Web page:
Living in another country, such as traveling, teaches you that “normal” means socially or culturally accepted. So, when you immerse yourself in another culture and another company, your concept of normal cracks. You learn that there are other ways of doing things and, after a time, you too adopt that habit that was unthinkable. We also know yourself better because you discover things what you really think and what, by contrast, are learned are.
10.’ll Become a tourist in your own city
That tourist attraction that perhaps had not visited your country in addition to the list of places to see in your new home, and soon you will become an expert in town. But when someone comes to visit a few days and asks recommendation, it costs a few activities to choose: if for you, recommend you visit them all!
11. You learn to be patient and to ask for help.
In other country, the simplest task can become challenging. Process a paperwork, finding the right word, to know which bus to take. There are always moments of despair, but soon you arm yourself with more patience you never had, and agree to ask for help (on the bus, in the street, you know) is not only inevitable but also very healthy.
12. The time is measured in small moments.
As if you looked from the window of a moving car in the distance time seems to pass very slowly, while close up detail go at breakneck speed. From a distance, you hear of how life is at home: birthdays, people leaving, you lose important dates… Instead, in your new home, the day goes very fast. The concept of time is deformed while you learn to measure in small moments, whether on Skype with the usual or a new beer.
13. The nostalgia invades you at the most unexpected time.
A food, a song, a smell. Any smallness enough to suddenly flood the longing you. Missing details you never imagined (that Hands up who has treasured a can of tomato sauce as if the One Ring), and would give anything to be able to transport you, for a moment, to that place. Or to share the feeling with someone who understands you…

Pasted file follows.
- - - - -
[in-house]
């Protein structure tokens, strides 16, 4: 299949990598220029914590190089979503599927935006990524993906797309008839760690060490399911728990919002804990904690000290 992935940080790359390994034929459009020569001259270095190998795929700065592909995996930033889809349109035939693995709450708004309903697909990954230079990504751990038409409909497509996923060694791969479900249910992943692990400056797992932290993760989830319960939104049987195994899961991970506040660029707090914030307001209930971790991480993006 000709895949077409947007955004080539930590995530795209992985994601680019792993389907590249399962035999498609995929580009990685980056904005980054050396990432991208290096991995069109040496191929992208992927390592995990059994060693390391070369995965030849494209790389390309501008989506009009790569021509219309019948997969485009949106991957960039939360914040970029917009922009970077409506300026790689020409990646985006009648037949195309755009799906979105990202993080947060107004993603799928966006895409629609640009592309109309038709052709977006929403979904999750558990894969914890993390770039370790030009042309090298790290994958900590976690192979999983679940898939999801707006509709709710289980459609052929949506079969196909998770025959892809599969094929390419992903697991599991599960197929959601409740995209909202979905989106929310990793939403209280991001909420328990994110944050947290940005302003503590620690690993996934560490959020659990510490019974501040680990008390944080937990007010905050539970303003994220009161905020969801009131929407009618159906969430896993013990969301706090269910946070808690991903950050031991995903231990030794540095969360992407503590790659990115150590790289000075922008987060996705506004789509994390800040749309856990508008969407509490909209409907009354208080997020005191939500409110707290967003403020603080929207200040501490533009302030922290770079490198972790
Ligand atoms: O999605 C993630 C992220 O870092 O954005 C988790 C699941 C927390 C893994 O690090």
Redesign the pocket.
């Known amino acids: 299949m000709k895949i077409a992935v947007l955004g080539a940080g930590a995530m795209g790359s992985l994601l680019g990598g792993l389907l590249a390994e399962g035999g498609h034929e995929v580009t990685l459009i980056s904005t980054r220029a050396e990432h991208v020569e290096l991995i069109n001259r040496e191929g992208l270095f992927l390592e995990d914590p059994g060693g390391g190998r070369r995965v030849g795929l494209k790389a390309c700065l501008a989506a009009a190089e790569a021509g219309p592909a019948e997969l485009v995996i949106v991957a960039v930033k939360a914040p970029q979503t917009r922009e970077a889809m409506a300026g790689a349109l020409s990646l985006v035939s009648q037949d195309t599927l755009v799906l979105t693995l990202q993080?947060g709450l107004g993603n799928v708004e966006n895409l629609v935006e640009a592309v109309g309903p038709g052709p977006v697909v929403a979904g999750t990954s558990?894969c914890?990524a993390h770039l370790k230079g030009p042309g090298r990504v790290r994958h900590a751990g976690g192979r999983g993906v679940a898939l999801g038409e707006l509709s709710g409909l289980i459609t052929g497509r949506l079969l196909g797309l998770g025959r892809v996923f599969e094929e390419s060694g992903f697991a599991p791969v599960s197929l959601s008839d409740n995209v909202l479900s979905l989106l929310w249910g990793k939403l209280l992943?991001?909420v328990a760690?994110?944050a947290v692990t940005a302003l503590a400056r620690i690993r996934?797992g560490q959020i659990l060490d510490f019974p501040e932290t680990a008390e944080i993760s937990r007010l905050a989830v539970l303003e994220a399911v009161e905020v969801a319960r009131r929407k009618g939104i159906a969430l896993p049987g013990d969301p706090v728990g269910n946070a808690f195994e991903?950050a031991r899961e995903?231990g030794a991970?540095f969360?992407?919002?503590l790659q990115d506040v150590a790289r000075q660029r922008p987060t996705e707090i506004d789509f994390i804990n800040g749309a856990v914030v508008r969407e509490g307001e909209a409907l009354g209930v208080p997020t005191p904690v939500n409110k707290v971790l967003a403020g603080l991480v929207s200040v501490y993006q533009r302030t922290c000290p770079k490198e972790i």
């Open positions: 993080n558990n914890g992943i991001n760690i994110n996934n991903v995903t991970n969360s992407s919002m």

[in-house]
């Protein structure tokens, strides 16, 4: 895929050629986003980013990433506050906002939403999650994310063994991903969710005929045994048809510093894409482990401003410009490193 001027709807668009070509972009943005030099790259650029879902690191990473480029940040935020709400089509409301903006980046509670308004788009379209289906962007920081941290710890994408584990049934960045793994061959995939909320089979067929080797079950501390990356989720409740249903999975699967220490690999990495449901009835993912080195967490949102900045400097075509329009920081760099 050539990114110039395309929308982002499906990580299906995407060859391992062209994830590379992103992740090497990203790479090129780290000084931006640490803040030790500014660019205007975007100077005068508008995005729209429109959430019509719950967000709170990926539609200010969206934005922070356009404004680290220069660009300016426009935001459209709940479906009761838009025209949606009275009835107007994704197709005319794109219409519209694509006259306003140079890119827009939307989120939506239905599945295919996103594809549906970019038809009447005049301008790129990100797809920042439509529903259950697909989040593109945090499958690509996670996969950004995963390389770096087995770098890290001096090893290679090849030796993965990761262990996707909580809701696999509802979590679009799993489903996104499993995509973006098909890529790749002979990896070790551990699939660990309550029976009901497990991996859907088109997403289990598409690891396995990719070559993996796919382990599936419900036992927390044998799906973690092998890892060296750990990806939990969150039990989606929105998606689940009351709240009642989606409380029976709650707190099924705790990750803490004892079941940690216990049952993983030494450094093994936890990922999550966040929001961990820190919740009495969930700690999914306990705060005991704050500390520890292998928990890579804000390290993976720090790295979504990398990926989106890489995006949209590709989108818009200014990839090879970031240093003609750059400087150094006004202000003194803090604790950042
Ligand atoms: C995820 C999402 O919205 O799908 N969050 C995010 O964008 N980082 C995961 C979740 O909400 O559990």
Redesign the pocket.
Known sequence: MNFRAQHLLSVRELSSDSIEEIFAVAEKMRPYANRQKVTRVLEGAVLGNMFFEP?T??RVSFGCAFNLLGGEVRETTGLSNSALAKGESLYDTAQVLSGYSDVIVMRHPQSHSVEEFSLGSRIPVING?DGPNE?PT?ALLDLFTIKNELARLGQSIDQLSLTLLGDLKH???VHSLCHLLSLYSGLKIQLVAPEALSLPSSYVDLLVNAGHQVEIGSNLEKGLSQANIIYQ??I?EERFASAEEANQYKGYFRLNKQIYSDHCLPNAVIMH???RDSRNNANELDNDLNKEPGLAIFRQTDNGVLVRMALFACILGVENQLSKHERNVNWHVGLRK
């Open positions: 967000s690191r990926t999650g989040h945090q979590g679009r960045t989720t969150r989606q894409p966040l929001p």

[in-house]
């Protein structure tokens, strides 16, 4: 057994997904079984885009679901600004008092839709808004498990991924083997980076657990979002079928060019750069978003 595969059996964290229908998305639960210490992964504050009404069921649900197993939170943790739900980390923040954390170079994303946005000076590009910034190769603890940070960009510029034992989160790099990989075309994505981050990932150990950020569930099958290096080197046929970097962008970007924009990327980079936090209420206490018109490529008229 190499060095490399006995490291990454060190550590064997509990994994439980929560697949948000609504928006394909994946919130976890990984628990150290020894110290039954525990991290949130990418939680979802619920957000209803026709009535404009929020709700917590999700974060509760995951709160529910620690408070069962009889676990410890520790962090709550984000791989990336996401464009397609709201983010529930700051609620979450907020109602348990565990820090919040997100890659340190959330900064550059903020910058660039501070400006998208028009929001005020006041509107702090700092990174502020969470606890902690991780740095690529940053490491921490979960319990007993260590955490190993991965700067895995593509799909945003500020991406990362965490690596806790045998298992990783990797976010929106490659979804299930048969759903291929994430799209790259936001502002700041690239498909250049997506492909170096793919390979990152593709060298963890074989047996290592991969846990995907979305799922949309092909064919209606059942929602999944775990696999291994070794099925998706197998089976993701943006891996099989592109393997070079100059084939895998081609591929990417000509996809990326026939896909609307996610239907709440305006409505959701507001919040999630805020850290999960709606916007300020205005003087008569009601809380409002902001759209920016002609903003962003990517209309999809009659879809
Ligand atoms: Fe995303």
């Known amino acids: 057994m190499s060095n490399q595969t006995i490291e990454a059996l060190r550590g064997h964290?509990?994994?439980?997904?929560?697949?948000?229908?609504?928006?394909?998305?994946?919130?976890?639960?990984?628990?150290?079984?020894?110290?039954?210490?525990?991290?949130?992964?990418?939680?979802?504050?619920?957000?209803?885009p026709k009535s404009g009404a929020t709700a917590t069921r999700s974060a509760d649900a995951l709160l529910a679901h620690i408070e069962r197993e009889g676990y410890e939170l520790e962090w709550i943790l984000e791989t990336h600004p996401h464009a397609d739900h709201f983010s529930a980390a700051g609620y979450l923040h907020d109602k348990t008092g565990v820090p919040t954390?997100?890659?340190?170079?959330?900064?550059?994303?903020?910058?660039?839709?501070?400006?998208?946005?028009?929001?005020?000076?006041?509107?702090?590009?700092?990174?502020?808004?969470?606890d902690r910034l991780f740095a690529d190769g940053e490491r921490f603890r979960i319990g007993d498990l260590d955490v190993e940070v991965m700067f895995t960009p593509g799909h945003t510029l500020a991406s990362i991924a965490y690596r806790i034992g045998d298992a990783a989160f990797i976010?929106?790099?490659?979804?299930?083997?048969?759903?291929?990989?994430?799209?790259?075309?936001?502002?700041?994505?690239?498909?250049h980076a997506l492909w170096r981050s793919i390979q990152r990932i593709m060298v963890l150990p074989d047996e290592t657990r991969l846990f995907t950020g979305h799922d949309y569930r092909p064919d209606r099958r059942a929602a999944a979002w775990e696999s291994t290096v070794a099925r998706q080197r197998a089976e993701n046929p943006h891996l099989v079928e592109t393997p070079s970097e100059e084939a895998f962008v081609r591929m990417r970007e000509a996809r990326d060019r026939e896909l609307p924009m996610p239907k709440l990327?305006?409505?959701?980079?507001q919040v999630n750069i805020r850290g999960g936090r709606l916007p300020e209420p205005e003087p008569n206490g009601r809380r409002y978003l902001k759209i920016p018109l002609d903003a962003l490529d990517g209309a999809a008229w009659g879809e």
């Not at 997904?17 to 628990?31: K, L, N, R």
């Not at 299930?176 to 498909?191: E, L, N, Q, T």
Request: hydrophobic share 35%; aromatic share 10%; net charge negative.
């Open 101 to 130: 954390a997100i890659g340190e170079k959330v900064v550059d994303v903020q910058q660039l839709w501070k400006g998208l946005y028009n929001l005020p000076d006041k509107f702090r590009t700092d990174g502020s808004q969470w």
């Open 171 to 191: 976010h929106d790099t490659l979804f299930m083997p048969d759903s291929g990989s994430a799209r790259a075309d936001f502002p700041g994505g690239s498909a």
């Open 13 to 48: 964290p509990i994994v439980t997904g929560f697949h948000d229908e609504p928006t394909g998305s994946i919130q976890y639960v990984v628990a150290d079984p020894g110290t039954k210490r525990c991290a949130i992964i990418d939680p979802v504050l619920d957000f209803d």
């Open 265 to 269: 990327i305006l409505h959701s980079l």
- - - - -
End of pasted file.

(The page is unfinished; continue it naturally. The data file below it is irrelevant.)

14. But you know it’s not where, but when and how.
Although, deep down, you know that you do not miss a site, but a strange and magical conjugation of place, time and the right people. That year, in which you travelled, you shared your life with special people, you were so happy. In every place where you have lived are a bit of who you were, but sometimes not enough to return to a city to stop missing her.
15. You change.
You will read that there are often life-changing travel. And, despite the clichés, living in another country is a journey that will change you deeply. It will shake your roots, your certainties and fears. Living in Edinburgh forever changed us in many ways, and if not for that time, we would not be ready to take the next step in our lives. You may not believe it before, you know it or not during. But someday, you’ll see with astonishing clarity. You have evolved, you have scars, you have lived. You’ve changed.
16. The home fits in a suitcase.
From the moment your life fits in a suitcase (or, if you are lucky with your airline in two), what you understood by household ceases to exist. Almost everything that you can touch with your hands is replaceable; travel where travel, accumulate new clothes, new books, new cups. But the day will come when, in your new city, you invade the feeling of being at home. Home is who is with you, who leave behind are the streets where your life goes. The home is also random objects that populate your new floor, those of disconnect from you who remorseless leave when the time comes. Home are the memories, the conversations in the distance with family and friends, a handful of photographs. Home is where the heart is.
17. … And no going back.
Now you know what it means sacrificing comfort, start from the beginning and marvel every day. And the world is so great … how to give up of a continuous discovery?